Preventive dental care saves money on total dental care for Medicare beneficiaries
Preventive dental care may limit expensive nonpreventive dental care procedures among the older population, suggests a new study. It found that Medicare beneficiaries who used preventive dental care (one visit a year that included dental cleaning) had more dental visits—but fewer visits for expensive nonpreventive procedures and lower dental expenses—than beneficiaries who only had oral problems treated at the dentist.
University of Maryland Dental School researchers, Richard J. Manski, D.D.S., M.B.A., Ph.D., also a senior scholar at the Agency for Healthcare Research and Quality (AHRQ), John Moeller, Ph.D., formerly of AHRQ, and Haiyan Chen, M.D., Ph.D., used results of the 2002 Medicare Current Beneficiary Survey to examine dental care use and costs for 10,582 Medicare beneficiaries during a 1-year period. Users of preventive dental care were more likely to have dental insurance coverage, and they visited the dentist more often during the year (2.83 vs. 2.49 visits) than those who didn't use preventive care. They also visited the dentist less often for more expensive procedures (0.83 vs. 1.58 visits).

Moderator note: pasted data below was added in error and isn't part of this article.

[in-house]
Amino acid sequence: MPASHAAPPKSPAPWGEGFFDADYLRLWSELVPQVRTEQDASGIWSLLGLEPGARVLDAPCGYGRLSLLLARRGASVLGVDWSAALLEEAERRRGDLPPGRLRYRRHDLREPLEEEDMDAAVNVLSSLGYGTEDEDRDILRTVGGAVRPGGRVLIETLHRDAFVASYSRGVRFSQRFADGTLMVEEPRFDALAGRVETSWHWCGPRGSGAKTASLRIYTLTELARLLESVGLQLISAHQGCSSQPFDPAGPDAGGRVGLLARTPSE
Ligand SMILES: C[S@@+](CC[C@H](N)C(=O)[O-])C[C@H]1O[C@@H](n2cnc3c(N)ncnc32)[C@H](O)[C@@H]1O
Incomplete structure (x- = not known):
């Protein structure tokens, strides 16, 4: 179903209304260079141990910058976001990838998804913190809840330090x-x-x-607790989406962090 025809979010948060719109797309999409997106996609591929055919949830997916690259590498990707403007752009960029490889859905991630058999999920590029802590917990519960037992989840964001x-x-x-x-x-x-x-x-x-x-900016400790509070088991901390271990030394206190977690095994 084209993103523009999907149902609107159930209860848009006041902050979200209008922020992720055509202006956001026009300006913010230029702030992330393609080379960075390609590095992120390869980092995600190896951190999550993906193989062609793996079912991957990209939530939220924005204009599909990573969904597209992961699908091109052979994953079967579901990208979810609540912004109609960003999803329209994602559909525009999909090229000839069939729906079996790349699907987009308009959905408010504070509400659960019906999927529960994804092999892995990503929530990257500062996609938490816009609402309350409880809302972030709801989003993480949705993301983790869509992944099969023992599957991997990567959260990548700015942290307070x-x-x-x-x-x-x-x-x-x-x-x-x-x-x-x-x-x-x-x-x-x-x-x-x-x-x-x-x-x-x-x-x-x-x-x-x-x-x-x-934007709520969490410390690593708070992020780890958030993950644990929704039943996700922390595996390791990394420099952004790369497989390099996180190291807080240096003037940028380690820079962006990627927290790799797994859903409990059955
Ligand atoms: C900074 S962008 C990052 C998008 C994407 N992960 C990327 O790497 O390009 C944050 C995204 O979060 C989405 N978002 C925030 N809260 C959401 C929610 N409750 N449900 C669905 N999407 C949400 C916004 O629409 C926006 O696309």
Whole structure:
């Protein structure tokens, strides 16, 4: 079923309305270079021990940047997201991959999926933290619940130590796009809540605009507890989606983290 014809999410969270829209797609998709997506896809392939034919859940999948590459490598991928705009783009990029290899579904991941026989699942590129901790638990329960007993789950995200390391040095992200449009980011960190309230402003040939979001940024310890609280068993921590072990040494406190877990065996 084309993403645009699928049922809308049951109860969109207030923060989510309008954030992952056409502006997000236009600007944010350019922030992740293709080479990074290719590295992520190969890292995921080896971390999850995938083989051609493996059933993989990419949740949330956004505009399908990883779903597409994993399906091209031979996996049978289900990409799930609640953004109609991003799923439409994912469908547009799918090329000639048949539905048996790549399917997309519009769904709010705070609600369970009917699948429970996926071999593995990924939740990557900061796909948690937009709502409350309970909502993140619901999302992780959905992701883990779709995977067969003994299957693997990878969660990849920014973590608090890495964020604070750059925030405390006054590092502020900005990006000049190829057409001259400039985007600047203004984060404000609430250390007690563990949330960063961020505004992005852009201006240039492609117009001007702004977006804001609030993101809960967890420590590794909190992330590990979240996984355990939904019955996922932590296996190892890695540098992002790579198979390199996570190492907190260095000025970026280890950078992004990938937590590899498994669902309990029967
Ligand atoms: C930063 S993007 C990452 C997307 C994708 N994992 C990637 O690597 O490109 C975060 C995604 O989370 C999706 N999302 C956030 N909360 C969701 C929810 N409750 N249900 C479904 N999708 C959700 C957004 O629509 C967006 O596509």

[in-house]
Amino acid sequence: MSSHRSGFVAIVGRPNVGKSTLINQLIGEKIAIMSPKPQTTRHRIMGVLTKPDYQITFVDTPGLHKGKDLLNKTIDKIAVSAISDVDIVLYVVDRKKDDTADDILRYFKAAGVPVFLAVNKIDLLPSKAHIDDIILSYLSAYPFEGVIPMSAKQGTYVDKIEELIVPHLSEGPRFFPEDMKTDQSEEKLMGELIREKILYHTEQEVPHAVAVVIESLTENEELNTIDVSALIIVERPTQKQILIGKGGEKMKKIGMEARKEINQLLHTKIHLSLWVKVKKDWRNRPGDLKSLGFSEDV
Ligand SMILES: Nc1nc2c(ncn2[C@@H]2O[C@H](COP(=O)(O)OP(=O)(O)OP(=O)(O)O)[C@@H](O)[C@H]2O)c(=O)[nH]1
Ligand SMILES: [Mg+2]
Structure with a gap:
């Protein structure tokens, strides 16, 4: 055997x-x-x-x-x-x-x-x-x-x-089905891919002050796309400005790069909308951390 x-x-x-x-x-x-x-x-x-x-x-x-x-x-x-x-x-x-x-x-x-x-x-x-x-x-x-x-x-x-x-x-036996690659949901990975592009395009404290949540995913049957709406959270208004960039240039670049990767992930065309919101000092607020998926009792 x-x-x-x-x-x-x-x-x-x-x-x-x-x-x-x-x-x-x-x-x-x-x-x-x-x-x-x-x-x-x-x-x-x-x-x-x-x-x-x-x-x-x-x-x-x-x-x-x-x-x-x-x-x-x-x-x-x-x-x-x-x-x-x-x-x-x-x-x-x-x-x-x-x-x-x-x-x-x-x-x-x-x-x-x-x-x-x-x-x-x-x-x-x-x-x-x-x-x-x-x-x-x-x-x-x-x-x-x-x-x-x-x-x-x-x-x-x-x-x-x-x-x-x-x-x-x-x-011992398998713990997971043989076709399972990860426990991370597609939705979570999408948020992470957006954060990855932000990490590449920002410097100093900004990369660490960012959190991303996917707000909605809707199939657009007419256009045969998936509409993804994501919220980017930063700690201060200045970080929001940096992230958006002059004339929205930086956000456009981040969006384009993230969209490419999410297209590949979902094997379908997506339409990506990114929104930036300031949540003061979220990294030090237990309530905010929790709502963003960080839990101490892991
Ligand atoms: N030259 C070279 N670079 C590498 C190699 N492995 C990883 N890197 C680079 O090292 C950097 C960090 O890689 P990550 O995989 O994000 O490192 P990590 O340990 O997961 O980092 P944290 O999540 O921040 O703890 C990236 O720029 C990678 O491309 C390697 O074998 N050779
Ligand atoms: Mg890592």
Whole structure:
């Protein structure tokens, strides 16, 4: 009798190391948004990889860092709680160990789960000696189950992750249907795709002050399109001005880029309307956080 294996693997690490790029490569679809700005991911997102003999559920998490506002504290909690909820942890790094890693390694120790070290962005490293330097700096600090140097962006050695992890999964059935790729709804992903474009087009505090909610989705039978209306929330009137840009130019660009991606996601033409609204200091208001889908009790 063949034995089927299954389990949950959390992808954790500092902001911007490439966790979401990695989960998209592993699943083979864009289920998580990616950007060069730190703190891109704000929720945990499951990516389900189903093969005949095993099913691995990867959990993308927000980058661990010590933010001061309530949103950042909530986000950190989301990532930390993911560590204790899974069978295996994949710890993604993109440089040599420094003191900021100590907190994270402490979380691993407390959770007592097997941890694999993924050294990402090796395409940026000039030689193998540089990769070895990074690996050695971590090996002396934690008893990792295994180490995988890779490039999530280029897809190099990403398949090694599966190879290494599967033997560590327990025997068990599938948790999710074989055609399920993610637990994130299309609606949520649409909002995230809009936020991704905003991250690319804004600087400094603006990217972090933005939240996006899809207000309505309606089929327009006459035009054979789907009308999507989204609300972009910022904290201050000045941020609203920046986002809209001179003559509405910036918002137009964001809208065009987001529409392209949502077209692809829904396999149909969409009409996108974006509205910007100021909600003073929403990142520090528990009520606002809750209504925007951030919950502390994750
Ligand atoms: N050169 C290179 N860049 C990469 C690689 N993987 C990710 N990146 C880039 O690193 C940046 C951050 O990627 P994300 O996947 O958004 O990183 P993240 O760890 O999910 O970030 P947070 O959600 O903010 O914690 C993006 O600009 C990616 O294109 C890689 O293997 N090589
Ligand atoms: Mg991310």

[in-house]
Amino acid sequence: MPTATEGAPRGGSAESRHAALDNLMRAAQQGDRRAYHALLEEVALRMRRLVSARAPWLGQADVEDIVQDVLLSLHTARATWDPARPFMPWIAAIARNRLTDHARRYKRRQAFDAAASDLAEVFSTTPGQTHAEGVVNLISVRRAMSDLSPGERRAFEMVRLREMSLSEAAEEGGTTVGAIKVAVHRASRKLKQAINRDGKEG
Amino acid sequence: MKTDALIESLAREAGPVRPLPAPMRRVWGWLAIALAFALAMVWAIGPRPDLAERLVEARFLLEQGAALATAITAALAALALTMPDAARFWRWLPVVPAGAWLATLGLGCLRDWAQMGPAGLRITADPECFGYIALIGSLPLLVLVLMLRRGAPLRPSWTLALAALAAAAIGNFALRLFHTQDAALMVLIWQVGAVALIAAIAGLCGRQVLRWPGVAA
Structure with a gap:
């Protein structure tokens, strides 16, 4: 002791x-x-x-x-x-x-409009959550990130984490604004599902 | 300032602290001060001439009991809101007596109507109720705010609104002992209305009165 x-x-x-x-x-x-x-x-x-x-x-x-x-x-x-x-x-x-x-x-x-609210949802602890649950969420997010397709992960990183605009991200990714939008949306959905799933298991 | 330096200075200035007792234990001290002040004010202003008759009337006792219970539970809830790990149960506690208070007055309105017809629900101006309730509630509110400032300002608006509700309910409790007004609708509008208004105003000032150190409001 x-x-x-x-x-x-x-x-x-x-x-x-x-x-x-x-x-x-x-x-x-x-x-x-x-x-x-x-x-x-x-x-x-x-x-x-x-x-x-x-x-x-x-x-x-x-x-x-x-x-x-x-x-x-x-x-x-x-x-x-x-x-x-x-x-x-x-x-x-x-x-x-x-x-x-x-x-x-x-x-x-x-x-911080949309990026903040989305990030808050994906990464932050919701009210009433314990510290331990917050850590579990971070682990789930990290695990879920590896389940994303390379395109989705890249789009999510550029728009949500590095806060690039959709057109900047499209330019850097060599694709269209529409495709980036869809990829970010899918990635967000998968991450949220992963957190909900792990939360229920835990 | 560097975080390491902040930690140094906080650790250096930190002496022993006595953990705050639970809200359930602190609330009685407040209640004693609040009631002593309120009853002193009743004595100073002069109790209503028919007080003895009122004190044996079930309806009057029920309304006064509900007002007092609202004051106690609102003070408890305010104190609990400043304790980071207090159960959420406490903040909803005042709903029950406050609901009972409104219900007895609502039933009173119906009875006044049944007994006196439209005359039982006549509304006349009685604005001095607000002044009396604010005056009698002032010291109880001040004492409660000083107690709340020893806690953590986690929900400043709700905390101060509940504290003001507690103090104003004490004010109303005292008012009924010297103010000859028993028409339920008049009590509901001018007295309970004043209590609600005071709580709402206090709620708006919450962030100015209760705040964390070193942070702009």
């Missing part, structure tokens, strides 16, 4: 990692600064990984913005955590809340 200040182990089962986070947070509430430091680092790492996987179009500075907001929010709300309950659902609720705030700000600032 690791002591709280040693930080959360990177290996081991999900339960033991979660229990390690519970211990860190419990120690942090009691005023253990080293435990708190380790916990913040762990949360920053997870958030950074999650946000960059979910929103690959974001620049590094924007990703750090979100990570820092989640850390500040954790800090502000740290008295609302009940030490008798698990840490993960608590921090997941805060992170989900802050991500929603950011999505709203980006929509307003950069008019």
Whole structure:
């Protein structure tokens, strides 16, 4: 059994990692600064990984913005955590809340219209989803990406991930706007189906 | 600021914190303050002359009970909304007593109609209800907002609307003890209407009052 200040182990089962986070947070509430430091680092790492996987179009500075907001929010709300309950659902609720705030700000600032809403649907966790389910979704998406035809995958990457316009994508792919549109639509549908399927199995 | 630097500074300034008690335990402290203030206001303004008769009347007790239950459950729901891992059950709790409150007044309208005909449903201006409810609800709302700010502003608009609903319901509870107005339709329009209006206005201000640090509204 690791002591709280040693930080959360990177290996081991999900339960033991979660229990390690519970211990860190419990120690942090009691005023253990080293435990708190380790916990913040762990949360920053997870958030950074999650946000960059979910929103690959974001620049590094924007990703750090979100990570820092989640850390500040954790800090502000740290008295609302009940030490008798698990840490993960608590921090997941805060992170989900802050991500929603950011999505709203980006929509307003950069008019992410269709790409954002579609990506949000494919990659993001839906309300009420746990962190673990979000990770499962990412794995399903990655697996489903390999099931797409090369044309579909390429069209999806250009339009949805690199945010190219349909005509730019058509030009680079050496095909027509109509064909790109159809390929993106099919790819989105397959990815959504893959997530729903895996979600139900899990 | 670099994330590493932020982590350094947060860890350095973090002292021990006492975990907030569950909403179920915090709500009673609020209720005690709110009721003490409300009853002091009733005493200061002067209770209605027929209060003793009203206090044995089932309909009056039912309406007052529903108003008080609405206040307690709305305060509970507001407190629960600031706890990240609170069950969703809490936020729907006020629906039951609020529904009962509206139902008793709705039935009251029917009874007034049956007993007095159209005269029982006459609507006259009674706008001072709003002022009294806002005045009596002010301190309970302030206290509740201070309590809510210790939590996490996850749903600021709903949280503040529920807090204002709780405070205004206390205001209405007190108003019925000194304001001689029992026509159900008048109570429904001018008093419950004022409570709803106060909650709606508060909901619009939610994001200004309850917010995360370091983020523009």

As a result, they paid less ($560 vs. $822, on average) for their total dental care. The researchers concluded that coverage for preventive dental care could pay off in terms of both improving the oral health of the Medicare population and limiting the costs of expensive nonpreventive dental care.
Reprints (AHRQ Publication No. 11-R012) are available from the AHRQ Publications Clearinghouse. See "Investing in preventive dental care for the Medicare population: A preliminary analysis," by Drs. Moeller, Chen, and Manski, in the November 2010 American Journal of Public Health 100(11), pp. 2262-2269.
Return to Contents
Proceed to Next Article